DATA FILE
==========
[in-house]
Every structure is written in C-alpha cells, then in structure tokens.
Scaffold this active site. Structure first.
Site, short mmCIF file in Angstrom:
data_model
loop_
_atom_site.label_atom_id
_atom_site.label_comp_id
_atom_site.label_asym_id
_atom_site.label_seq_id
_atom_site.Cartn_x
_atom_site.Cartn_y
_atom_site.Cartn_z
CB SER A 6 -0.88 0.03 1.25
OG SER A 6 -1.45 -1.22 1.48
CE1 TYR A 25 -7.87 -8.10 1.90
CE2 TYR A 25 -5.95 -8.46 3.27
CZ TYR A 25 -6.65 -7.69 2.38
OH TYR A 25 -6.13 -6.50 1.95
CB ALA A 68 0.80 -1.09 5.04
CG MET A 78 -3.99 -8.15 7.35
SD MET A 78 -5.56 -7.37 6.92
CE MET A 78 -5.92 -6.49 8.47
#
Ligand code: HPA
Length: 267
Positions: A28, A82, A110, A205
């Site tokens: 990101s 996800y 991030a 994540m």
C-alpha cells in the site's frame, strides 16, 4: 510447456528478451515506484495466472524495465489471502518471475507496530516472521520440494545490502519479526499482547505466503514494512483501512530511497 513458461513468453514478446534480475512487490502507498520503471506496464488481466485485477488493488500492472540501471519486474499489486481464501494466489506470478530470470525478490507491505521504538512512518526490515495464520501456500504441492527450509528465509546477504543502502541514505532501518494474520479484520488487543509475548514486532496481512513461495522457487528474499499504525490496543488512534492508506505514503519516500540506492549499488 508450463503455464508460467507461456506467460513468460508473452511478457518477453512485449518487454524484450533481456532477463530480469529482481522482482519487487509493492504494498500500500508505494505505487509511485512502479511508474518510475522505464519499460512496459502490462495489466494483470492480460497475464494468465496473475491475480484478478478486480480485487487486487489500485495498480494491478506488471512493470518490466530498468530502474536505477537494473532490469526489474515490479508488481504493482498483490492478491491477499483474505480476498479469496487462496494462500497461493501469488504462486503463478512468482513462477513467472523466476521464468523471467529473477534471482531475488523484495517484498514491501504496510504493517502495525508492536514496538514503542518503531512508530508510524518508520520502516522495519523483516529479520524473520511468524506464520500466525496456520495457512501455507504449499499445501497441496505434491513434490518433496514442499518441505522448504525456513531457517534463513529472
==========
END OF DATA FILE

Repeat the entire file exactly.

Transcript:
[in-house]
Every structure is written in C-alpha cells, then in structure tokens.
Scaffold this active site. Structure first.
Site, short mmCIF file in Angstrom:
data_model
loop_
_atom_site.label_atom_id
_atom_site.label_comp_id
_atom_site.label_asym_id
_atom_site.label_seq_id
_atom_site.Cartn_x
_atom_site.Cartn_y
_atom_site.Cartn_z
CB SER A 6 -0.88 0.03 1.25
OG SER A 6 -1.45 -1.22 1.48
CE1 TYR A 25 -7.87 -8.10 1.90
CE2 TYR A 25 -5.95 -8.46 3.27
CZ TYR A 25 -6.65 -7.69 2.38
OH TYR A 25 -6.13 -6.50 1.95
CB ALA A 68 0.80 -1.09 5.04
CG MET A 78 -3.99 -8.15 7.35
SD MET A 78 -5.56 -7.37 6.92
CE MET A 78 -5.92 -6.49 8.47
#
Ligand code: HPA
Length: 267
Positions: A28, A82, A110, A205
């Site tokens: 990101s 996800y 991030a 994540m």
C-alpha cells in the site's frame, strides 16, 4: 510447456528478451515506484495466472524495465489471502518471475507496530516472521520440494545490502519479526499482547505466503514494512483501512530511497 513458461513468453514478446534480475512487490502507498520503471506496464488481466485485477488493488500492472540501471519486474499489486481464501494466489506470478530470470525478490507491505521504538512512518526490515495464520501456500504441492527450509528465509546477504543502502541514505532501518494474520479484520488487543509475548514486532496481512513461495522457487528474499499504525490496543488512534492508506505514503519516500540506492549499488 508450463503455464508460467507461456506467460513468460508473452511478457518477453512485449518487454524484450533481456532477463530480469529482481522482482519487487509493492504494498500500500508505494505505487509511485512502479511508474518510475522505464519499460512496459502490462495489466494483470492480460497475464494468465496473475491475480484478478478486480480485487487486487489500485495498480494491478506488471512493470518490466530498468530502474536505477537494473532490469526489474515490479508488481504493482498483490492478491491477499483474505480476498479469496487462496494462500497461493501469488504462486503463478512468482513462477513467472523466476521464468523471467529473477534471482531475488523484495517484498514491501504496510504493517502495525508492536514496538514503542518503531512508530508510524518508520520502516522495519523483516529479520524473520511468524506464520500466525496456520495457512501455507504449499499445501497441496505434491513434490518433496514442499518441505522448504525456513531457517534463513529472